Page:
KBS Reference Desk: Standard for Reporting Child Abuse and Neglect

Q:        Did I hear correctly that the Legislature passed a bill that changes the standard for reporting suspected child abuse and neglect?

 A:        Yes. HB 3379 amends the Texas Family Code to establish and apply a “reasonable cause” standard for reporting suspected child abuse and neglect, which is a higher standard than that currently in place. This revision is intended to reduce unfounded reports, distress on children in question, costly investigations, and no-evidence prosecutions.  

 Longstanding state law has required professional school district employees to report suspected child abuse or neglect when the employee “has cause to believe” abuse or neglect has occurred. HB 3379 amends Section 261.101 of the Texas Family Code by establishing and applying a “reasonable cause” reporting standard, which is a higher standard than merely having any cause for suspecting abuse or neglect. See Tex. Fam. Code § 261.101 (emphasis added). Representatives Ben Leman, Keith Bell, Gary Gates, Reggie Smith, and Mayes Middleton co-authored House Bill 3379 noting that:

There are concerns that the current standard for reporting suspected child abuse or neglect, which is simply having any cause to believe reportable conduct has occurred, is overly broad and could lead to a person submitting a false report that would only distress the child in question and waste investigatory resources. Additionally, this overly broad reporting standard could also lead to a person who did not submit an initial report being charged for failing to do so even though they had no real information to indicate abuse or neglect had taken place.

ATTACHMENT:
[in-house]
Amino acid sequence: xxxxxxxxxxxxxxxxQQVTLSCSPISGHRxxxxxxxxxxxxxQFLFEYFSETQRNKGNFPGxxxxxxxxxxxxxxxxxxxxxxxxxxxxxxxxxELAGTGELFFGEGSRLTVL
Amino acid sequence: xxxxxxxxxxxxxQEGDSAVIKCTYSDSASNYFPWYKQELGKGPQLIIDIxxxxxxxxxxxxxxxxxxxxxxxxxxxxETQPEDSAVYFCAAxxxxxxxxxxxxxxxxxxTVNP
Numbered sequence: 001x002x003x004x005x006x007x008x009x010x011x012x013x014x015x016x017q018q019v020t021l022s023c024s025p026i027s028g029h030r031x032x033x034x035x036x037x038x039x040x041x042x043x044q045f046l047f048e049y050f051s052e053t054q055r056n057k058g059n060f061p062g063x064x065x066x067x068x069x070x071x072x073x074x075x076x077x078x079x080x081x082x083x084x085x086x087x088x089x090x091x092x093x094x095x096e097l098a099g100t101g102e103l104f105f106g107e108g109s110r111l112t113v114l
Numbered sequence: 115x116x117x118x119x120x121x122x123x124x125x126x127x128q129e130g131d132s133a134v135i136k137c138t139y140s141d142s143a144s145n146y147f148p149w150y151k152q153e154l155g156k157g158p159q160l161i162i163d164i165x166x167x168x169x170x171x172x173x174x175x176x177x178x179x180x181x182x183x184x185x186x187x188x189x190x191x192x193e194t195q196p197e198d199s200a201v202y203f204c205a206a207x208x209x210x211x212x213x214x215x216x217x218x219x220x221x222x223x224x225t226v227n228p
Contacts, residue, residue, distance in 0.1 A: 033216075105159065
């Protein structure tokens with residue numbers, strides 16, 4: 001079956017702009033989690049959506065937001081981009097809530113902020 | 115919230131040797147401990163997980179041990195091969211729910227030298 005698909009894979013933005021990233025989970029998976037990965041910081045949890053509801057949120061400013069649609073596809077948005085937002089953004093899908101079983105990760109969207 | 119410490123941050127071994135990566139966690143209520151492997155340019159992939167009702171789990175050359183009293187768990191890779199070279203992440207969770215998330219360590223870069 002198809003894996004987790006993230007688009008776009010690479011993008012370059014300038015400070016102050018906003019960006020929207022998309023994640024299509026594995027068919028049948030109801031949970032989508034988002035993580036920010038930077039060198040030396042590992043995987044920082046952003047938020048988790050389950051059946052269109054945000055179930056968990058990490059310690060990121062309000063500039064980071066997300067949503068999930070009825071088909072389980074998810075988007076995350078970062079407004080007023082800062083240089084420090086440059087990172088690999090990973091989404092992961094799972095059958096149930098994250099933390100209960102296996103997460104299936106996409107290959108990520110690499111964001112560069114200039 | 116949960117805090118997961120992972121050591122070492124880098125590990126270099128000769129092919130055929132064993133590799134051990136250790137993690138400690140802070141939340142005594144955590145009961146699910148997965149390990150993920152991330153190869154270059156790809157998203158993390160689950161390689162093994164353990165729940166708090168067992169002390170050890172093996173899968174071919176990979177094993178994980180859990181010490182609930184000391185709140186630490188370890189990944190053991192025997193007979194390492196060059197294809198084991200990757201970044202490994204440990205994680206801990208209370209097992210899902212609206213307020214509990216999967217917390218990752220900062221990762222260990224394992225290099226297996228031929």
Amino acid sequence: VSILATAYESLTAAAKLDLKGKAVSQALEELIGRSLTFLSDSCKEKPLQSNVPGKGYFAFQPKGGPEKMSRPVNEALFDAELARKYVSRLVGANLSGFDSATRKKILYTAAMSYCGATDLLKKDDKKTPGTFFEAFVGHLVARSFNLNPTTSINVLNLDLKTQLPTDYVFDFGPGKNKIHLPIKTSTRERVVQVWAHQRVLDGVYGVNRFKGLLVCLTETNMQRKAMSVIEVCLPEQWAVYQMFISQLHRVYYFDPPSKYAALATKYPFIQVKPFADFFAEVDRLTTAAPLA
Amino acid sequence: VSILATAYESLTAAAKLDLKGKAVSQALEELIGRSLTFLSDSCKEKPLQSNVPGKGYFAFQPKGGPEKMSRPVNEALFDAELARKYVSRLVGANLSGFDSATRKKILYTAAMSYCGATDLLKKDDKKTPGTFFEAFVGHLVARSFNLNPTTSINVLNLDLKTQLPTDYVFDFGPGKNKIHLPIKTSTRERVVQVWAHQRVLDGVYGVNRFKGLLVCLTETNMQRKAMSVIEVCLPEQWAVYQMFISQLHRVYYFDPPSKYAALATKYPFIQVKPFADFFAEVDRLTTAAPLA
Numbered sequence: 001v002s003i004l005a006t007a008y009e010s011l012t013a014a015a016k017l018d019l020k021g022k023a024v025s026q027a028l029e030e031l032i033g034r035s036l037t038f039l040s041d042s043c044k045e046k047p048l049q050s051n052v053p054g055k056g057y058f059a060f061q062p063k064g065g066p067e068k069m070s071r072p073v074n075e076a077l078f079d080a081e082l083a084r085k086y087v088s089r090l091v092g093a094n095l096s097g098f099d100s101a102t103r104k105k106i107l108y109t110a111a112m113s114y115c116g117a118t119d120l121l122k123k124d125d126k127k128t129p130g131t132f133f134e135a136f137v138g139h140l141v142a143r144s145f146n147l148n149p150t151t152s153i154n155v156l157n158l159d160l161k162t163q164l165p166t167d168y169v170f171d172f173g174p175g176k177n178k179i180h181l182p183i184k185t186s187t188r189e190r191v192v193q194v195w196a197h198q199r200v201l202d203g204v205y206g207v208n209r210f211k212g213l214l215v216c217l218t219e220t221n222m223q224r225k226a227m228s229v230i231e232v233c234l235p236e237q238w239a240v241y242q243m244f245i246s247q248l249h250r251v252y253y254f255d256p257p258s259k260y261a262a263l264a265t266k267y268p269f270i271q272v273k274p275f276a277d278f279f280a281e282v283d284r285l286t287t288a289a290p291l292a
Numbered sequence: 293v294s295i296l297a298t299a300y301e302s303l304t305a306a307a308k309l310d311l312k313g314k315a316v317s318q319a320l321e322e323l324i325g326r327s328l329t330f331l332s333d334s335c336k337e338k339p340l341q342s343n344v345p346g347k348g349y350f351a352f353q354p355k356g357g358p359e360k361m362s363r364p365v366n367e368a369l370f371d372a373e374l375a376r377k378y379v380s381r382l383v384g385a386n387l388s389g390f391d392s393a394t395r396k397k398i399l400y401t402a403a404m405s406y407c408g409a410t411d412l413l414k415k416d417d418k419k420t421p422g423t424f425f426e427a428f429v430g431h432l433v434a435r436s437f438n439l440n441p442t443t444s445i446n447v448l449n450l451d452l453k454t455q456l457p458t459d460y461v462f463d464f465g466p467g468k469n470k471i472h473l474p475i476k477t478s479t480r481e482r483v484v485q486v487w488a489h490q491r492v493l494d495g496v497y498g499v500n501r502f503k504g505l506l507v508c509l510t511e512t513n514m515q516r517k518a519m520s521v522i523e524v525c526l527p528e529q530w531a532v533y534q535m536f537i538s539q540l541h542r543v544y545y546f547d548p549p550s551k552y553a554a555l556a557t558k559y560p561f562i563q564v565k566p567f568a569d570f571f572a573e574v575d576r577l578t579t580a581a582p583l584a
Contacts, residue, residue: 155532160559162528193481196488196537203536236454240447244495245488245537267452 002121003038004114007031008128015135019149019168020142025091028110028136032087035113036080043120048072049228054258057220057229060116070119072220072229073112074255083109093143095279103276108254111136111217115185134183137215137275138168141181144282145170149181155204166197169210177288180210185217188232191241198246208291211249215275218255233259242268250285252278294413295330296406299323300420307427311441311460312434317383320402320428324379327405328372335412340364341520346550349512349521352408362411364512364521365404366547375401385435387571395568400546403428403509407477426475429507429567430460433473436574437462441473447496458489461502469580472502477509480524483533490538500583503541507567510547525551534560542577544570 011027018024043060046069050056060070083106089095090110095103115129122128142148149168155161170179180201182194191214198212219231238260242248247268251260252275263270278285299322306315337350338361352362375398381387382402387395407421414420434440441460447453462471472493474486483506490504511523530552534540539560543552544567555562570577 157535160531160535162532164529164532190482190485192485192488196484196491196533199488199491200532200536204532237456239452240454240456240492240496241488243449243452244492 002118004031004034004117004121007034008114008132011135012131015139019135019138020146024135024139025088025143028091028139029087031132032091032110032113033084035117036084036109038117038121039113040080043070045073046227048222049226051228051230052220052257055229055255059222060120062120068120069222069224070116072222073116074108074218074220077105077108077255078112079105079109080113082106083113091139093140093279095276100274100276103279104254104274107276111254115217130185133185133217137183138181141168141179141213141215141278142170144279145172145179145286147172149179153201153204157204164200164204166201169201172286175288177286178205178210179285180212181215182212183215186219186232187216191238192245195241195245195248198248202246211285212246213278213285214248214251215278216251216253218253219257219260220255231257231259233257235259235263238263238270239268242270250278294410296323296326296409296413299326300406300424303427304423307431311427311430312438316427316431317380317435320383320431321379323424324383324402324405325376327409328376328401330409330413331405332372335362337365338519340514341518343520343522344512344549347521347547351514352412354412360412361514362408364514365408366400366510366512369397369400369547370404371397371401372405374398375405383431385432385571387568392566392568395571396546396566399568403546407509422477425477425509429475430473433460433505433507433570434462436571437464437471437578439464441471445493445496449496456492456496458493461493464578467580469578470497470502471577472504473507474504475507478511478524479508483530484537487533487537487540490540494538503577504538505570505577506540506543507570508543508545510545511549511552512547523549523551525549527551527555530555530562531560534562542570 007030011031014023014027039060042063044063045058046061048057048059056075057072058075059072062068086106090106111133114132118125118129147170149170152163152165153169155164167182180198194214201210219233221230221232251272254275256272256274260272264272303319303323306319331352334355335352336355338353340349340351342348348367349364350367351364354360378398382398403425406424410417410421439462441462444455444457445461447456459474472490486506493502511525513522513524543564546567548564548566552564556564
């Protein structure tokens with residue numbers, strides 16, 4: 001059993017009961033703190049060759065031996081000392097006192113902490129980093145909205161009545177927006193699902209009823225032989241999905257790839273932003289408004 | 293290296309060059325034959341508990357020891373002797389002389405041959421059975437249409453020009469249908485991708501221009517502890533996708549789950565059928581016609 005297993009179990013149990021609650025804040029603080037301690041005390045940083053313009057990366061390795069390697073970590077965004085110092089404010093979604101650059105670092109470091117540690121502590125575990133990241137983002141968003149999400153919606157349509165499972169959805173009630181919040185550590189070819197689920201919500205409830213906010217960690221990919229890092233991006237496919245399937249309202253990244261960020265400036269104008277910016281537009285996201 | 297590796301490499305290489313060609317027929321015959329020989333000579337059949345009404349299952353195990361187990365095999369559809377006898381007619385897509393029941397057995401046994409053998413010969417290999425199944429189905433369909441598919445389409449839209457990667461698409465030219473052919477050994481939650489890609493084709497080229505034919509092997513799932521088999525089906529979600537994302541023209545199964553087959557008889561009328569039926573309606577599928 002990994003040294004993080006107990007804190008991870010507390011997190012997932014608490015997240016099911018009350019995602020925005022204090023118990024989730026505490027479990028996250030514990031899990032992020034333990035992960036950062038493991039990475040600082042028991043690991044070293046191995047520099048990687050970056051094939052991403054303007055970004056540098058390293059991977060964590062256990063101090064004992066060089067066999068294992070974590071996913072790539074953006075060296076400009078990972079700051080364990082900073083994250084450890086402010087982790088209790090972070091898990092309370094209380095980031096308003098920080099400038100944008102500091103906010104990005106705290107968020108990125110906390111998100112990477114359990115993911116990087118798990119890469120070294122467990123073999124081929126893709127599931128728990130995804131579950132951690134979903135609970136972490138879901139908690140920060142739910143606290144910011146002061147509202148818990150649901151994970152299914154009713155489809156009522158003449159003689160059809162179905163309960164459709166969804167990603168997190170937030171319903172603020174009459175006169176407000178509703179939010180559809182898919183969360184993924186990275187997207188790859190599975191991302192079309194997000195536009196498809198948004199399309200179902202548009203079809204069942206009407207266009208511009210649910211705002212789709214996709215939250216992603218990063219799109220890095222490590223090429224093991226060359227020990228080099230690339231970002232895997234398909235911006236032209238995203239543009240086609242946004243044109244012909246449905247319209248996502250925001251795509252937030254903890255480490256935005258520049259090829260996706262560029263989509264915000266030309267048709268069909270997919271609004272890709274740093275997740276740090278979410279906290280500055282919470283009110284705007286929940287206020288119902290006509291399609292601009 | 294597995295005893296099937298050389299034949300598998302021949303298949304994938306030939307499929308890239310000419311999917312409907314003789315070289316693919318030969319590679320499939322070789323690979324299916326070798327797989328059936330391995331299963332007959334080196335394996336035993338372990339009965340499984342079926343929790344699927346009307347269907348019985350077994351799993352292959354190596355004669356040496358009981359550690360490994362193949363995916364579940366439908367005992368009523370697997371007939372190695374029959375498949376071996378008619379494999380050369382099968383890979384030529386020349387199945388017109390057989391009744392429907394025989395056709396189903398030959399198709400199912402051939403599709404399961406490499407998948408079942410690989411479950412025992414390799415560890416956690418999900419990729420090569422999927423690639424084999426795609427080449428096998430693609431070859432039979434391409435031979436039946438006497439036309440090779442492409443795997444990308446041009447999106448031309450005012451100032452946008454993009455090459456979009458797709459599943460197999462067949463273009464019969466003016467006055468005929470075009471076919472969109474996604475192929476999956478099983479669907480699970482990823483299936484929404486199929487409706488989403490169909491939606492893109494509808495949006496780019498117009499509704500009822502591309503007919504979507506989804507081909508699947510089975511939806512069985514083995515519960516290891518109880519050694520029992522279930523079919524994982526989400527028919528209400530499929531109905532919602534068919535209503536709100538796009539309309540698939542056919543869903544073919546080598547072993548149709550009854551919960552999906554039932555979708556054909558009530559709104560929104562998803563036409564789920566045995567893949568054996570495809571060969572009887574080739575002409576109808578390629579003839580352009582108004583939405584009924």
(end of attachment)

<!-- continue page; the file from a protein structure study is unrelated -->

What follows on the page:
H.R. Rep No. 87R 18847, (2021). Beginning on September 1, 2021, an educator must make a mandatory report of suspected child abuse or neglect within 48 hours of when the educator first has “reasonable cause” to believe abuse or neglect occurred. The penalties for violation of this statute remain the same. An educator’s failure to report suspected child abuse or neglect amounts to, at minimum, a Class A misdemeanor, and may constitute a state jail felony if prosecutors demonstrate that the educator intended to conceal the alleged abuse or neglect. See Tex. Fam. Code § 261.109. In addition, an educator’s failure to report suspected child abuse or neglect amounts to a violation of the Educators’ Code of Ethics and may result in disciplinary action by the State Board for Educator Certification (SBEC).

Please consult with your local school attorney if you have specific questions or seek additional information about the educators’ duty to report child abuse or neglect.

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